Never had Sandrose known a more peaceful day. There was not a cloud in the sky, while stray sunbeams rained down from the canopy above in golden shafts of light. The air was still, the birds were singing, and the great river babbled as it coursed its way across the forest floor. Lurking in a bed of reeds that grew where the water slowed around a bend, the sea otter watched the world around her, taking in the beauty with half lidded eyes and a relaxed mind. It was the first time she had been able to truly rest since her ship had sank off the coast of Salamandastron.
Her lungs still burned from the smoke that had filled the galley; her paws still ached from pulling free her shackles when the deck had collapsed on top of them. She had thrown herself from the wreckage and drifted, a broken plank as her only means of support. It had been days before she had spotted the coast and then the river, where she swam upstream as fast as she was able, the fear of capture from another ship driving her far inland.
Now, she was beginning to regret her choice. Life was hard in the galleys, but it was harder in the wild, where predators watched and stalked her and death had no rules. Food was not given to her, she had to find it, and as a beast who knew nothing beyond how to row a ship, Sandrose was distrustful of even the most innocent of berries. At least as an otter her ability to swim was natural, but she did not know how to hunt and more often than not she would pass her nights hungry and wishing her luck would change on the morrow.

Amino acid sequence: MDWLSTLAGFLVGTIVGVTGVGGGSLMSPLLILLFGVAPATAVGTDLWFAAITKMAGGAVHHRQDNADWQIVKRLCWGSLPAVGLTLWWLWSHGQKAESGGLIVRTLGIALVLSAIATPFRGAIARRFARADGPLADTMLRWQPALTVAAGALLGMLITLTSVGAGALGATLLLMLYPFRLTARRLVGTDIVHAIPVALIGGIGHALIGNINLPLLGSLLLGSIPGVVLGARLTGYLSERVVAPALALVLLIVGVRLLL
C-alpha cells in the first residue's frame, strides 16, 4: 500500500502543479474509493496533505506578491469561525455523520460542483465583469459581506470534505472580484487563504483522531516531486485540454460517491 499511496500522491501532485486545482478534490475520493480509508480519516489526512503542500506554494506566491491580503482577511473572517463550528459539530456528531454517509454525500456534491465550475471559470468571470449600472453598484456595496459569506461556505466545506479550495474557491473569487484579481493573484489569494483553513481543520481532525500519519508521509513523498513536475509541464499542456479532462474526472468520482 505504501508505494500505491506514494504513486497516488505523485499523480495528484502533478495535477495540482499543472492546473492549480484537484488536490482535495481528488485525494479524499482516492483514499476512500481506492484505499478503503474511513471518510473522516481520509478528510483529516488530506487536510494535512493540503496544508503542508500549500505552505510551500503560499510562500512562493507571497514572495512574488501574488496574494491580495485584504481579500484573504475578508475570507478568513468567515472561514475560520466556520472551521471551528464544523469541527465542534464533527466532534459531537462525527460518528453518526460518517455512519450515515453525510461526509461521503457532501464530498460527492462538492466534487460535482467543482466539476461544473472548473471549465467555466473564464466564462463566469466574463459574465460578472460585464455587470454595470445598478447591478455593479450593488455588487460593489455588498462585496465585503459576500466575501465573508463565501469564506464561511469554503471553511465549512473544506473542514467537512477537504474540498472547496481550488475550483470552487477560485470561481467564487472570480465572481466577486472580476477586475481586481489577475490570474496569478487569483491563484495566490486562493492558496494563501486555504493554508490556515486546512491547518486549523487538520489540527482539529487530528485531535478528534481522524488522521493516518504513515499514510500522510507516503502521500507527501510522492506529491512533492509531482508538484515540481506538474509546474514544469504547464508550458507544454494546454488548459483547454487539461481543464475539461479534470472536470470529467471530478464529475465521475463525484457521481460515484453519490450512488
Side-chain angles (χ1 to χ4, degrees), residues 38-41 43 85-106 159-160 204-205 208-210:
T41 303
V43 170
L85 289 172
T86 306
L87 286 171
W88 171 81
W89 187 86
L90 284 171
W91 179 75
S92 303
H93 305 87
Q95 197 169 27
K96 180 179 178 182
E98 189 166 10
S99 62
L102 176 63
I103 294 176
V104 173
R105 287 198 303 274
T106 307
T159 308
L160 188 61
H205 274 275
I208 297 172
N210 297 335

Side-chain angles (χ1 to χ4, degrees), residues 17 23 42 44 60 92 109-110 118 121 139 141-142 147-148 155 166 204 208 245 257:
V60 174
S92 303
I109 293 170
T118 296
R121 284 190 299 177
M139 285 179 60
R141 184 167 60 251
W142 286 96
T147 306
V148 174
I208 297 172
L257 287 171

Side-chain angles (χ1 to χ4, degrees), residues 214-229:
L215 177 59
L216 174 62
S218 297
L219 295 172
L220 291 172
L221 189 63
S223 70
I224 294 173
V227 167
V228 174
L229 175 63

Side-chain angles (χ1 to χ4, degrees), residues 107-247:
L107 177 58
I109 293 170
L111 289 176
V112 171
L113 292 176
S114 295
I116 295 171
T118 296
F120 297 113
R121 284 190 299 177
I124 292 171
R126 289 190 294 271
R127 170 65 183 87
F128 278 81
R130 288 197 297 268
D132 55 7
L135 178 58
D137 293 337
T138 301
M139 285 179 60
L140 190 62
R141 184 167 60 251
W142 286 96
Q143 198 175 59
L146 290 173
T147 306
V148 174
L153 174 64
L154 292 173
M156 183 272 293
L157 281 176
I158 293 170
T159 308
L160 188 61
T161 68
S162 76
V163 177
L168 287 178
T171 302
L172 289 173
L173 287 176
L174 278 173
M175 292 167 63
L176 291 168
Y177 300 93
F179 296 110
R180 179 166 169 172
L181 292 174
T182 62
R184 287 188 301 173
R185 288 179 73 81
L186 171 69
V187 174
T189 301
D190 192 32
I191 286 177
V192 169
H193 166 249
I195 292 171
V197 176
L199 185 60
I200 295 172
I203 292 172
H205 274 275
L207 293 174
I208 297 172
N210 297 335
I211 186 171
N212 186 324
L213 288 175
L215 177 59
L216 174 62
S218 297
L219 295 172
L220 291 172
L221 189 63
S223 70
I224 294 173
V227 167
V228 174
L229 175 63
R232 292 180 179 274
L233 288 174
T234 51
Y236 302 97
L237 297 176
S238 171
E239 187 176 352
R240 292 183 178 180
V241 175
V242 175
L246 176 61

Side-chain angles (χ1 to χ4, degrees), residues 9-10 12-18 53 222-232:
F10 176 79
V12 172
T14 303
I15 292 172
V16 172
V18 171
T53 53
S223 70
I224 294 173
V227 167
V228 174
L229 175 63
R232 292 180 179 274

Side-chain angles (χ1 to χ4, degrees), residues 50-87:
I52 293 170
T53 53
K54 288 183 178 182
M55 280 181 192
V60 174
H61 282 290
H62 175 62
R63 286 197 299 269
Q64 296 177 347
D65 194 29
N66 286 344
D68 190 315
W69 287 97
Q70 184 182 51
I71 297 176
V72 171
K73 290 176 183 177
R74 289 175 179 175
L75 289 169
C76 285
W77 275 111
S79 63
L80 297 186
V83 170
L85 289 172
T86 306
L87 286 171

Despite it all, laying in the reeds and watching the forest bloom around her, Sandrose had to admit when the world thus far had been the size of a porthole, she had never seen a more beautiful sight.
She closed her eyes, letting exhaustion overtake her when a sudden searing pain exploded in her left calf. Sandrose barely had enough time to open her eyes wide in shock when she was submerged, the pain in her leg dragging her to the bottom of the river bed. She yanked as hard as she could, desperately trying to swim upwards but the pull was too strong, the pain too great. Something had grabbed her, something big, and through the cloud of blood billowing around her she saw the outline of a huge spotted fish. It continued to pull her to the bottom, twisting its body, ripping her flesh. It was all she could do not to lose her breath—her leg felt like it was going to fall off. In desperation, she slammed her free foot paw in the face of the monster, once, twice, thrice, until she felt its jaws slacken. Then she swam as fast as she could towards the surface.
The sounds of the forest exploded around her, but that did not concern her. She needed to get to safety. Twisting her body, she searched for the bed of reeds. Through the reeds she could pull herself up the bank. Spotting the bed to her right, she swam towards them, her sanctuary, but she had only gone a few strokes before her right arm was nearly ripped from its socket. The only thing Sandrose could do before she was pulled once more beneath the depths was let loose a scream of terror.